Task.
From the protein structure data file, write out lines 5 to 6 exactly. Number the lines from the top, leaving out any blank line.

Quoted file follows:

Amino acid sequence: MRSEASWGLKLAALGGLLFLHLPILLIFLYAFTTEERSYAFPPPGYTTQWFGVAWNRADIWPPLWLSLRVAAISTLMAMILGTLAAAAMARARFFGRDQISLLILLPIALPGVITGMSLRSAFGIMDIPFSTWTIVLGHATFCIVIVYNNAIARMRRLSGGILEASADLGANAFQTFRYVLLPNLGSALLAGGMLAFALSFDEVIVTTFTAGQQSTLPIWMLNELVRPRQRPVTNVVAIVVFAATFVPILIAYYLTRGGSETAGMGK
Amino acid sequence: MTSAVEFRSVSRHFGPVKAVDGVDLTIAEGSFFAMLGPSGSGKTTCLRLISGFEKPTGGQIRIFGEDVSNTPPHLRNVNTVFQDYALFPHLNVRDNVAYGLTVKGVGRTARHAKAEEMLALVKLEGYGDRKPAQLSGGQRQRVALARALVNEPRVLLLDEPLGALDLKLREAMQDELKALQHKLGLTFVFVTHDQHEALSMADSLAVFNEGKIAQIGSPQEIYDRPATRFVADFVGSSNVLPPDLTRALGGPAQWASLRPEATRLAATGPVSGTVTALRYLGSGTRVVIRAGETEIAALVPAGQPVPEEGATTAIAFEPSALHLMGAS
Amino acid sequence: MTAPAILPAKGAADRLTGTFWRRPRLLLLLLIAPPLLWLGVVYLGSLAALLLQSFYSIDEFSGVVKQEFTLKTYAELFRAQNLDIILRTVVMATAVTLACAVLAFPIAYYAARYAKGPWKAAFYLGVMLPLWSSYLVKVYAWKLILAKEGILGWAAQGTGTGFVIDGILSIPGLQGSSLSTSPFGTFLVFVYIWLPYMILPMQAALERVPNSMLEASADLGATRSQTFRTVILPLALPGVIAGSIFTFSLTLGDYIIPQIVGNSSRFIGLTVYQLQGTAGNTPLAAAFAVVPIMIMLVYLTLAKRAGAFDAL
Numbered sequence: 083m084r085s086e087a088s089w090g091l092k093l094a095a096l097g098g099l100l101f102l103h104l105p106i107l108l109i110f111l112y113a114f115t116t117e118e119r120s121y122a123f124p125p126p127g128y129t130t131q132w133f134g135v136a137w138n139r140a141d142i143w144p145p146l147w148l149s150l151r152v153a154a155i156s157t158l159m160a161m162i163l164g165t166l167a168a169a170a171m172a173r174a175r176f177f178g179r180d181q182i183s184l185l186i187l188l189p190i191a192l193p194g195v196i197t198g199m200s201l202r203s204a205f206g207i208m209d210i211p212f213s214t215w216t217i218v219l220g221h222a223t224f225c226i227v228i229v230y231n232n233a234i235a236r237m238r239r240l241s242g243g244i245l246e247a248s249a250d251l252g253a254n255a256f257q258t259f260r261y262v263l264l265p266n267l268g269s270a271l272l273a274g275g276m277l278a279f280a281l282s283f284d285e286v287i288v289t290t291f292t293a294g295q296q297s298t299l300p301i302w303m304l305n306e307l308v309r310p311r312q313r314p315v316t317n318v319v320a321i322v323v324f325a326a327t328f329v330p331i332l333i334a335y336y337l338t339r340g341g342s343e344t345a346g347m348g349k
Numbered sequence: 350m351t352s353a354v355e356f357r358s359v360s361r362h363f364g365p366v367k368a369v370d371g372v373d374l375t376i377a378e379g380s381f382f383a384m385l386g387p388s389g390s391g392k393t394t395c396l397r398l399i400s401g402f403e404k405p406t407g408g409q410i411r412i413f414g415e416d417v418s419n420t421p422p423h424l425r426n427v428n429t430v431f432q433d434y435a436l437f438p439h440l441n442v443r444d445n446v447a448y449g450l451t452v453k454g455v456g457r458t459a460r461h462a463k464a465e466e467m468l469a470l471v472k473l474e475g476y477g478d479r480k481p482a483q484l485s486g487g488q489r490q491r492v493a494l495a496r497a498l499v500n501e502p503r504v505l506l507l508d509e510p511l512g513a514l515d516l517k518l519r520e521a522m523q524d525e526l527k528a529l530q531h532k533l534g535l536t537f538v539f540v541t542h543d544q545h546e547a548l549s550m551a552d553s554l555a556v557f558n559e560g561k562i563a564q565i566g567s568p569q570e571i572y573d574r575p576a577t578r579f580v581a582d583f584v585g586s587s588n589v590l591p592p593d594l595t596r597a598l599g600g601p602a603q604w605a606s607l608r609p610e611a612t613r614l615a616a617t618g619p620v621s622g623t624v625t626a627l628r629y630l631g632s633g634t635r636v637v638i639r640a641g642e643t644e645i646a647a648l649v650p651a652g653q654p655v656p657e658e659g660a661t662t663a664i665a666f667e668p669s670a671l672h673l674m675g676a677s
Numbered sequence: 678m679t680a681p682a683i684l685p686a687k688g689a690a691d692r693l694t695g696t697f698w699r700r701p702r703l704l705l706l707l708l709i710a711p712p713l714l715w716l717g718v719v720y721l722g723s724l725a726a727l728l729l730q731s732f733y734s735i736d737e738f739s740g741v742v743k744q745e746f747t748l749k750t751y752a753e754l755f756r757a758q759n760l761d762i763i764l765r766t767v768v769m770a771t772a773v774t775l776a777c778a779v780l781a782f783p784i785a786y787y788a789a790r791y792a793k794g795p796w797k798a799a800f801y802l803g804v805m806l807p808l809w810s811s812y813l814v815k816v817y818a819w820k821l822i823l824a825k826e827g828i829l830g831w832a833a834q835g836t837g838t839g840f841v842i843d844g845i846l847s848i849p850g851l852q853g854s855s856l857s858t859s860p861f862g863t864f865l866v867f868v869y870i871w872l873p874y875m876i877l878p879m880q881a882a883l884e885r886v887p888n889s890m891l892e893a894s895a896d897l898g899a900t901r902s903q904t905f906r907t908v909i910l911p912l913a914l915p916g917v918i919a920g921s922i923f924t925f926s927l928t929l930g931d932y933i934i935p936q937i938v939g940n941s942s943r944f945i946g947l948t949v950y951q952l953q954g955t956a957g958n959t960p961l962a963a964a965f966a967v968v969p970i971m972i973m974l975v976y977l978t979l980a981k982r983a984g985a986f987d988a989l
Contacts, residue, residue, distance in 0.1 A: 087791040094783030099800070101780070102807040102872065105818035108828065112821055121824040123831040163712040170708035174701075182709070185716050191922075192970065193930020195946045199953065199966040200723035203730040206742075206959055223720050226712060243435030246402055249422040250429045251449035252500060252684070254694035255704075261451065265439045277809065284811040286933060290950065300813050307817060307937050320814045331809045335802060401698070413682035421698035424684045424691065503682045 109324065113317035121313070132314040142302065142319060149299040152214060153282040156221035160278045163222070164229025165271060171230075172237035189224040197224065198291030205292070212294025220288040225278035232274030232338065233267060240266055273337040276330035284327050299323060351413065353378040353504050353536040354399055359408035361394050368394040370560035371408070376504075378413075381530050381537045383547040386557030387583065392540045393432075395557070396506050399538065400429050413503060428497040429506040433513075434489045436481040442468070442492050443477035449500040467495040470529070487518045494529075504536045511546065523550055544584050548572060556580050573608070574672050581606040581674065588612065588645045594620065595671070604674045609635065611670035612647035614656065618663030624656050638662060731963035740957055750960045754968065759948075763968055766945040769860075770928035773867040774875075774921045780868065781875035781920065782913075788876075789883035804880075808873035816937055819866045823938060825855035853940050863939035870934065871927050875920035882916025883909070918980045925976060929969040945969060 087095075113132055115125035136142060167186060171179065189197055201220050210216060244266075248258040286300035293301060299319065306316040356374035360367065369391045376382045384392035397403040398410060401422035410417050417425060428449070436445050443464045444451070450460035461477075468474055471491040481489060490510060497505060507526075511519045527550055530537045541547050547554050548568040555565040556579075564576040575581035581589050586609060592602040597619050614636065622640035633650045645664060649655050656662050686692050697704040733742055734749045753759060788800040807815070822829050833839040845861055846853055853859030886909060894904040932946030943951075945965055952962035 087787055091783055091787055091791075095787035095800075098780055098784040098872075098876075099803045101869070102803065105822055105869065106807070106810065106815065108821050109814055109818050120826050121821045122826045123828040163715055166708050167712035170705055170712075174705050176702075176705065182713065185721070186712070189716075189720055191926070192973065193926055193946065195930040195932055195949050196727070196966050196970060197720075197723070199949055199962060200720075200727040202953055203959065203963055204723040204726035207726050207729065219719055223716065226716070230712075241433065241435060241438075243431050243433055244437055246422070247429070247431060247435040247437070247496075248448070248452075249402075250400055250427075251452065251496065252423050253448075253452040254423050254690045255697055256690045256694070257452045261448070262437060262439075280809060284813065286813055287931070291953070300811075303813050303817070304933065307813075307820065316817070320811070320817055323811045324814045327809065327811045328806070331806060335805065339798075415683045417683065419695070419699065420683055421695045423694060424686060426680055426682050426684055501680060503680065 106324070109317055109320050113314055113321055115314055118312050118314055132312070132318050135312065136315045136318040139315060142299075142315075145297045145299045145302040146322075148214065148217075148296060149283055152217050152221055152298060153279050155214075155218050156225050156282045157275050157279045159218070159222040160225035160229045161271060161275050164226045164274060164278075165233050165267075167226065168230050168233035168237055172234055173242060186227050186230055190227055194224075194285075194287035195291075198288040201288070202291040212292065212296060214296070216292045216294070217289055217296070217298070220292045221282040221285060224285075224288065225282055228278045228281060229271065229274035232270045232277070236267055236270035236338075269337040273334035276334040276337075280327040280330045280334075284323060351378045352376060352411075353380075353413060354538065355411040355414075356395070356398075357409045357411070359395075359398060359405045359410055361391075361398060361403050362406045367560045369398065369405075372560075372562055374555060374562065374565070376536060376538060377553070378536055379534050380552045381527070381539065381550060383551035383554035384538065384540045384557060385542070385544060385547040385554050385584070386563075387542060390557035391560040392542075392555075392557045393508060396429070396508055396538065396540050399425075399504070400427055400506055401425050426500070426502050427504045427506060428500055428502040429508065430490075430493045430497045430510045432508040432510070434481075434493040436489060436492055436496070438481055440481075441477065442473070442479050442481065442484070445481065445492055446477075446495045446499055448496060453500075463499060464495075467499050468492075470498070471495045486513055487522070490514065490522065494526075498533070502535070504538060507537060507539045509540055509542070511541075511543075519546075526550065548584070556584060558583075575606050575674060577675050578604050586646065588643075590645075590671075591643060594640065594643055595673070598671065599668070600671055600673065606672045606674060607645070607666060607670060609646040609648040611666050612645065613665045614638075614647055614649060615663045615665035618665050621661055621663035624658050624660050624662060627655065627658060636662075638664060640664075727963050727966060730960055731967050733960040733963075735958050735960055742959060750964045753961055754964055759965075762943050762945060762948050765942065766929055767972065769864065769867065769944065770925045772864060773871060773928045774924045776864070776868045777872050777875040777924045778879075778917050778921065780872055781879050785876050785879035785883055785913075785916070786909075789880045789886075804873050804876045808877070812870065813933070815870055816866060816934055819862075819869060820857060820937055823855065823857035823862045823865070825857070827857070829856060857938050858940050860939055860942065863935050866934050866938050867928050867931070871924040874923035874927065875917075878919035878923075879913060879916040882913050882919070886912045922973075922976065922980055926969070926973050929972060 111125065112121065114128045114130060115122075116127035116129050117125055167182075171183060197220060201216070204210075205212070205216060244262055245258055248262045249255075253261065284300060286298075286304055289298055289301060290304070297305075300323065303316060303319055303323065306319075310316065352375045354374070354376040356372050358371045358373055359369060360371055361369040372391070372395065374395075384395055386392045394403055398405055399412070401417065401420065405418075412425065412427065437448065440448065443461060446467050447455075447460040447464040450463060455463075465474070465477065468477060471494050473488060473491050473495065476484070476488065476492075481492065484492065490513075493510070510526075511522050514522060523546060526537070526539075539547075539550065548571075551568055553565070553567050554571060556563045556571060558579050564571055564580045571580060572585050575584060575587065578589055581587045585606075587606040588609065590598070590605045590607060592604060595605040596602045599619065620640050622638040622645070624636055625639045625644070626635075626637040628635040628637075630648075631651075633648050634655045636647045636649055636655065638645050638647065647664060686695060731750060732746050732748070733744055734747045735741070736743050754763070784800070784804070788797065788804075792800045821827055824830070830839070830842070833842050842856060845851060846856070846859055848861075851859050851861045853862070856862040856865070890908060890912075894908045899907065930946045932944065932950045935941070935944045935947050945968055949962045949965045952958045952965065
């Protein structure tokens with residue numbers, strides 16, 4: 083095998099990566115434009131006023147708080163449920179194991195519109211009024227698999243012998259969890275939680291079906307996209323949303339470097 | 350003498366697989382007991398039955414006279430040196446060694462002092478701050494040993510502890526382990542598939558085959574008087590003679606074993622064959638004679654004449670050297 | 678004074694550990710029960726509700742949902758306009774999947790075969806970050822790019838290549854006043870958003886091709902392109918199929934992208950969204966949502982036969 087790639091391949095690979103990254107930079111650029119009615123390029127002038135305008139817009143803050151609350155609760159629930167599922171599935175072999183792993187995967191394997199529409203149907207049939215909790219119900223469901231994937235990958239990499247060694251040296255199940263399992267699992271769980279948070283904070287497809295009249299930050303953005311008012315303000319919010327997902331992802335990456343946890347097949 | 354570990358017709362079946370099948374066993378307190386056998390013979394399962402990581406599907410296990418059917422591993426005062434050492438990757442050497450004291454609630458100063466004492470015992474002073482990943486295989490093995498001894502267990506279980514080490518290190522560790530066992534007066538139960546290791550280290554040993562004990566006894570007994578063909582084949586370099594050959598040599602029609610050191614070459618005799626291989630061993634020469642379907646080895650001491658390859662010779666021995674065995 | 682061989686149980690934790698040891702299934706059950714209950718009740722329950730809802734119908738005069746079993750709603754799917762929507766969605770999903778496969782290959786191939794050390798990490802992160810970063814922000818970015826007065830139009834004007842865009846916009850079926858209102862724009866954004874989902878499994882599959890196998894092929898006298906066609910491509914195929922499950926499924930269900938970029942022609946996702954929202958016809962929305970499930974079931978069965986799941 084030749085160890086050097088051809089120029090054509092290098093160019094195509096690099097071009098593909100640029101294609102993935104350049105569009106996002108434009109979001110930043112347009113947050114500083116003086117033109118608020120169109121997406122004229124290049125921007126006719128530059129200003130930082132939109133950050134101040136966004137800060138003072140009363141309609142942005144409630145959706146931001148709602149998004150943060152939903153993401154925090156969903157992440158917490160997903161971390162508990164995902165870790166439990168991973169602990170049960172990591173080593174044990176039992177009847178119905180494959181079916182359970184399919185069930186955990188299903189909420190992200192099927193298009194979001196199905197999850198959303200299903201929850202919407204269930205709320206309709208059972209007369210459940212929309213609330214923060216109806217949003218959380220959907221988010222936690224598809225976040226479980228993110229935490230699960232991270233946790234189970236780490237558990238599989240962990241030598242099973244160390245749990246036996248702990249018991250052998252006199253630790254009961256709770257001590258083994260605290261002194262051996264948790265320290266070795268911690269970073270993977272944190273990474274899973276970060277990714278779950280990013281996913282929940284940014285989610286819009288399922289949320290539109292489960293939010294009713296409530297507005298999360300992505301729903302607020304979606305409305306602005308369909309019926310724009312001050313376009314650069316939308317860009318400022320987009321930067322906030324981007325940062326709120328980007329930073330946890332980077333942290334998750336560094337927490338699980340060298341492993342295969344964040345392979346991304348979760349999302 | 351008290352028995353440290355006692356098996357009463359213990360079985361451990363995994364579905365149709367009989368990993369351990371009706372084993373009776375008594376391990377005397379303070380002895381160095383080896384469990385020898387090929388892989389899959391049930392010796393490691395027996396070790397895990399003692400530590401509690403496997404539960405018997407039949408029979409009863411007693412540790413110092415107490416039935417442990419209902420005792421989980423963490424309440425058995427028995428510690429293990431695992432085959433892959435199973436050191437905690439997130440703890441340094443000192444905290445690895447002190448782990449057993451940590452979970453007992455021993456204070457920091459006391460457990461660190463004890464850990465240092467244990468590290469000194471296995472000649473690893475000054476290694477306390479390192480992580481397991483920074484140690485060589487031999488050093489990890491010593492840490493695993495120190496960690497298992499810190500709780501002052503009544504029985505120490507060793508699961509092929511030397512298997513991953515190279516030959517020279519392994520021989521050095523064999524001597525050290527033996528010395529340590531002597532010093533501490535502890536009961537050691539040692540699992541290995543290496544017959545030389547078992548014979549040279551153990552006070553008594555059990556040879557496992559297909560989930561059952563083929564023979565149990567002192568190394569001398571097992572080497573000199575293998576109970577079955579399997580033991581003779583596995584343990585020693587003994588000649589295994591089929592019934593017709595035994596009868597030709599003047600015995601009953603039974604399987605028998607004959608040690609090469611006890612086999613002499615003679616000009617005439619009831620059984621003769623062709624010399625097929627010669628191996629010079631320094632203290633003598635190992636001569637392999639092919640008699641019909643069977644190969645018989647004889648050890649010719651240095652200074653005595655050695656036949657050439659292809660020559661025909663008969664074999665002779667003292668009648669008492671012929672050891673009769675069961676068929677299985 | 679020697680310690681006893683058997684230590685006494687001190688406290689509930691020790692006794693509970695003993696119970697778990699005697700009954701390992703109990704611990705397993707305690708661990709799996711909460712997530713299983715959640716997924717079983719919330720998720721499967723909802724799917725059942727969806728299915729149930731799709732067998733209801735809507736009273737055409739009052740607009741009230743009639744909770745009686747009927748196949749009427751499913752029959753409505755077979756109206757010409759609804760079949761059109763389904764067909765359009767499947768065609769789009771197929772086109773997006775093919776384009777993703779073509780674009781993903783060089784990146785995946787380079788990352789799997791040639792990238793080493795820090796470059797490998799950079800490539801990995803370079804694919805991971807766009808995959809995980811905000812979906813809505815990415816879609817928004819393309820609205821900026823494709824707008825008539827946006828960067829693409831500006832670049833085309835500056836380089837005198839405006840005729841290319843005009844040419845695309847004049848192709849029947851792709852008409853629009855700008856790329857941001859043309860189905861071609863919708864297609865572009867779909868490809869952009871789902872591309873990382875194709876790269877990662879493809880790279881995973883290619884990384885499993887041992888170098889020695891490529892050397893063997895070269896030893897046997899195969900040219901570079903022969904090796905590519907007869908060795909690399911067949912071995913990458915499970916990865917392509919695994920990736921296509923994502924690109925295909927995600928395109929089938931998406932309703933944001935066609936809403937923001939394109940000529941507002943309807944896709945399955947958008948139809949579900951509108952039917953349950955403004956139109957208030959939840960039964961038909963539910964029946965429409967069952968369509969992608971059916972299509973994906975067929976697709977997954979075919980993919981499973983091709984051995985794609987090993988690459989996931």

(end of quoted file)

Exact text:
Numbered sequence: 350m351t352s353a354v355e356f357r358s359v360s361r362h363f364g365p366v367k368a369v370d371g372v373d374l375t376i377a378e379g380s381f382f383a384m385l386g387p388s389g390s391g392k393t394t395c396l397r398l399i400s401g402f403e404k405p406t407g408g409q410i411r412i413f414g415e416d417v418s419n420t421p422p423h424l425r426n427v428n429t430v431f432q433d434y435a436l437f438p439h440l441n442v443r444d445n446v447a448y449g450l451t452v453k454g455v456g457r458t459a460r461h462a463k464a465e466e467m468l469a470l471v472k473l474e475g476y477g478d479r480k481p482a483q484l485s486g487g488q489r490q491r492v493a494l495a496r497a498l499v500n501e502p503r504v505l506l507l508d509e510p511l512g513a514l515d516l517k518l519r520e521a522m523q524d525e526l527k528a529l530q531h532k533l534g535l536t537f538v539f540v541t542h543d544q545h546e547a548l549s550m551a552d553s554l555a556v557f558n559e560g561k562i563a564q565i566g567s568p569q570e571i572y573d574r575p576a577t578r579f580v581a582d583f584v585g586s587s588n589v590l591p592p593d594l595t596r597a598l599g600g601p602a603q604w605a606s607l608r609p610e611a612t613r614l615a616a617t618g619p620v621s622g623t624v625t626a627l628r629y630l631g632s633g634t635r636v637v638i639r640a641g642e643t644e645i646a647a648l649v650p651a652g653q654p655v656p657e658e659g660a661t662t663a664i665a666f667e668p669s670a671l672h673l674m675g676a677s
Numbered sequence: 678m679t680a681p682a683i684l685p686a687k688g689a690a691d692r693l694t695g696t697f698w699r700r701p702r703l704l705l706l707l708l709i710a711p712p713l714l715w716l717g718v719v720y721l722g723s724l725a726a727l728l729l730q731s732f733y734s735i736d737e738f739s740g741v742v743k744q745e746f747t748l749k750t751y752a753e754l755f756r757a758q759n760l761d762i763i764l765r766t767v768v769m770a771t772a773v774t775l776a777c778a779v780l781a782f783p784i785a786y787y788a789a790r791y792a793k794g795p796w797k798a799a800f801y802l803g804v805m806l807p808l809w810s811s812y813l814v815k816v817y818a819w820k821l822i823l824a825k826e827g828i829l830g831w832a833a834q835g836t837g838t839g840f841v842i843d844g845i846l847s848i849p850g851l852q853g854s855s856l857s858t859s860p861f862g863t864f865l866v867f868v869y870i871w872l873p874y875m876i877l878p879m880q881a882a883l884e885r886v887p888n889s890m891l892e893a894s895a896d897l898g899a900t901r902s903q904t905f906r907t908v909i910l911p912l913a914l915p916g917v918i919a920g921s922i923f924t925f926s927l928t929l930g931d932y933i934i935p936q937i938v939g940n941s942s943r944f945i946g947l948t949v950y951q952l953q954g955t956a957g958n959t960p961l962a963a964a965f966a967v968v969p970i971m972i973m974l975v976y977l978t979l980a981k982r983a984g985a986f987d988a989l